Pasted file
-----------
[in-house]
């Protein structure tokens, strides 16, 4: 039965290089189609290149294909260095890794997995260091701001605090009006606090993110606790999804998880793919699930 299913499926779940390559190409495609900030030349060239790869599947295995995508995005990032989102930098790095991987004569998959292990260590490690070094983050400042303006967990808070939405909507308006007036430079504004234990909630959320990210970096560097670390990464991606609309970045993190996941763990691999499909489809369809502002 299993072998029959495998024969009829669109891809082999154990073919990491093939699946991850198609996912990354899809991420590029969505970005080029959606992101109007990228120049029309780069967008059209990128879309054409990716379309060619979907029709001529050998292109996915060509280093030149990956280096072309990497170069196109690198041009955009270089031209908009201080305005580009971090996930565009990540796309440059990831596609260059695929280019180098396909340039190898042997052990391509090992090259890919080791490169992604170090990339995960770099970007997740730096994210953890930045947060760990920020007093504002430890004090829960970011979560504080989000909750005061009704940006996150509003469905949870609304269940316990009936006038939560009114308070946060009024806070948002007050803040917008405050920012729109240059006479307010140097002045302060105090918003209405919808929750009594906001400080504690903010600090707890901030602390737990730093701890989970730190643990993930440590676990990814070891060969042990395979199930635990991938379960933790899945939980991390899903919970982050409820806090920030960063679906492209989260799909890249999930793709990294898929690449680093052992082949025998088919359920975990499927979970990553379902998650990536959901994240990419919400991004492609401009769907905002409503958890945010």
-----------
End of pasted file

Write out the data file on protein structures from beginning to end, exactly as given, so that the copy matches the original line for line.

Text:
[in-house]
């Protein structure tokens, strides 16, 4: 039965290089189609290149294909260095890794997995260091701001605090009006606090993110606790999804998880793919699930 299913499926779940390559190409495609900030030349060239790869599947295995995508995005990032989102930098790095991987004569998959292990260590490690070094983050400042303006967990808070939405909507308006007036430079504004234990909630959320990210970096560097670390990464991606609309970045993190996941763990691999499909489809369809502002 299993072998029959495998024969009829669109891809082999154990073919990491093939699946991850198609996912990354899809991420590029969505970005080029959606992101109007990228120049029309780069967008059209990128879309054409990716379309060619979907029709001529050998292109996915060509280093030149990956280096072309990497170069196109690198041009955009270089031209908009201080305005580009971090996930565009990540796309440059990831596609260059695929280019180098396909340039190898042997052990391509090992090259890919080791490169992604170090990339995960770099970007997740730096994210953890930045947060760990920020007093504002430890004090829960970011979560504080989000909750005061009704940006996150509003469905949870609304269940316990009936006038939560009114308070946060009024806070948002007050803040917008405050920012729109240059006479307010140097002045302060105090918003209405919808929750009594906001400080504690903010600090707890901030602390737990730093701890989970730190643990993930440590676990990814070891060969042990395979199930635990991938379960933790899945939980991390899903919970982050409820806090920030960063679906492209989260799909890249999930793709990294898929690449680093052992082949025998088919359920975990499927979970990553379902998650990536959901994240990419919400991004492609401009769907905002409503958890945010």